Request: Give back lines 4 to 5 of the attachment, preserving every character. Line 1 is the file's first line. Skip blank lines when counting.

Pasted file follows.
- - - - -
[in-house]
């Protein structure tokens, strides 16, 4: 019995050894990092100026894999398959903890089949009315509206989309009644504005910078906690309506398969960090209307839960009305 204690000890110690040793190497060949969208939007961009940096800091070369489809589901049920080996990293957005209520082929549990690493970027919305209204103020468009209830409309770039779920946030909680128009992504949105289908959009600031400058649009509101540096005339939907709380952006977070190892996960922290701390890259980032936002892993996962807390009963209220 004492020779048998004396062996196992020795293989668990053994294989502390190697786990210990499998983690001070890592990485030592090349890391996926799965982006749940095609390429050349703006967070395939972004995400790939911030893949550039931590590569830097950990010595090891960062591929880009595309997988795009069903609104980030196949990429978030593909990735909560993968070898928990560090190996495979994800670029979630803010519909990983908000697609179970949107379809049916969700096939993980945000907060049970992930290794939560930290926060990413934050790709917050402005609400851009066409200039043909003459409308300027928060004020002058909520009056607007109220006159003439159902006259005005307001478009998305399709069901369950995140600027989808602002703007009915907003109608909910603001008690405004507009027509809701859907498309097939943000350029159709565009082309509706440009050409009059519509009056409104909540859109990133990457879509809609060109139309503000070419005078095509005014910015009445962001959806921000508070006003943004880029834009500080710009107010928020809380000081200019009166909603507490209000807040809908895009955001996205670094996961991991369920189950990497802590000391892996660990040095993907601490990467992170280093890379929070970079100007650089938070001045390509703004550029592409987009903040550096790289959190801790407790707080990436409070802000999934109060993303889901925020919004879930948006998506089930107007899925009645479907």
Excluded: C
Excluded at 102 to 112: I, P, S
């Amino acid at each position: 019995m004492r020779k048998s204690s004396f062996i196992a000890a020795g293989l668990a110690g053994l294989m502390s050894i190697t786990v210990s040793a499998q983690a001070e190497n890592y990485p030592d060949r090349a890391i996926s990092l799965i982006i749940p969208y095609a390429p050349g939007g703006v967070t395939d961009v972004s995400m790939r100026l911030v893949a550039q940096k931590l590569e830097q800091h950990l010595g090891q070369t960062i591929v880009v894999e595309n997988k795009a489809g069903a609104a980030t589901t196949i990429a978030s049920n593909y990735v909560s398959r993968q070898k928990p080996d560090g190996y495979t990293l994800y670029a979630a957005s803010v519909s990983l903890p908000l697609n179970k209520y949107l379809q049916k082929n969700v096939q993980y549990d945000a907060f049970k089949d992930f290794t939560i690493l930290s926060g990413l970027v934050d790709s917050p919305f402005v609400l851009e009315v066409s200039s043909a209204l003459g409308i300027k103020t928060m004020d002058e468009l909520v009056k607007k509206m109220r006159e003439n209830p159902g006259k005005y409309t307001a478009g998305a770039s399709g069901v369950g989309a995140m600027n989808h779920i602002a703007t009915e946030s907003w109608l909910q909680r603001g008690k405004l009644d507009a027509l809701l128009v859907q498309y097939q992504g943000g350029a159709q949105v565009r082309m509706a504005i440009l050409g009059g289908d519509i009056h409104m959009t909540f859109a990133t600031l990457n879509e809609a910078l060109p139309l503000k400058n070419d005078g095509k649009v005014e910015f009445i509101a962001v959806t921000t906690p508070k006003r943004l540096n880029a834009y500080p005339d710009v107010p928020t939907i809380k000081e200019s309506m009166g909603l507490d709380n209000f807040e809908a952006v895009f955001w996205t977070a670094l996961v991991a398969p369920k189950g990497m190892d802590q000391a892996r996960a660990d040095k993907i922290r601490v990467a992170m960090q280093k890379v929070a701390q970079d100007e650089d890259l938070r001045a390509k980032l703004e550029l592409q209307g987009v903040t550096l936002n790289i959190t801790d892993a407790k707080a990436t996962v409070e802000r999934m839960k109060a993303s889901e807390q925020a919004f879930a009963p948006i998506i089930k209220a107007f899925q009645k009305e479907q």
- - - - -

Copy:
Excluded at 102 to 112: I, P, S
């Amino acid at each position: 019995m004492r020779k048998s204690s004396f062996i196992a000890a020795g293989l668990a110690g053994l294989m502390s050894i190697t786990v210990s040793a499998q983690a001070e190497n890592y990485p030592d060949r090349a890391i996926s990092l799965i982006i749940p969208y095609a390429p050349g939007g703006v967070t395939d961009v972004s995400m790939r100026l911030v893949a550039q940096k931590l590569e830097q800091h950990l010595g090891q070369t960062i591929v880009v894999e595309n997988k795009a489809g069903a609104a980030t589901t196949i990429a978030s049920n593909y990735v909560s398959r993968q070898k928990p080996d560090g190996y495979t990293l994800y670029a979630a957005s803010v519909s990983l903890p908000l697609n179970k209520y949107l379809q049916k082929n969700v096939q993980y549990d945000a907060f049970k089949d992930f290794t939560i690493l930290s926060g990413l970027v934050d790709s917050p919305f402005v609400l851009e009315v066409s200039s043909a209204l003459g409308i300027k103020t928060m004020d002058e468009l909520v009056k607007k509206m109220r006159e003439n209830p159902g006259k005005y409309t307001a478009g998305a770039s399709g069901v369950g989309a995140m600027n989808h779920i602002a703007t009915e946030s907003w109608l909910q909680r603001g008690k405004l009644d507009a027509l809701l128009v859907q498309y097939q992504g943000g350029a159709q949105v565009r082309m509706a504005i440009l050409g009059g289908d519509i009056h409104m959009t909540f859109a990133t600031l990457n879509e809609a910078l060109p139309l503000k400058n070419d005078g095509k649009v005014e910015f009445i509101a962001v959806t921000t906690p508070k006003r943004l540096n880029a834009y500080p005339d710009v107010p928020t939907i809380k000081e200019s309506m009166g909603l507490d709380n209000f807040e809908a952006v895009f955001w996205t977070a670094l996961v991991a398969p369920k189950g990497m190892d802590q000391a892996r996960a660990d040095k993907i922290r601490v990467a992170m960090q280093k890379v929070a701390q970079d100007e650089d890259l938070r001045a390509k980032l703004e550029l592409q209307g987009v903040t550096l936002n790289i959190t801790d892993a407790k707080a990436t996962v409070e802000r999934m839960k109060a993303s889901e807390q925020a919004f879930a009963p948006i998506i089930k209220a107007f899925q009645k009305e479907q």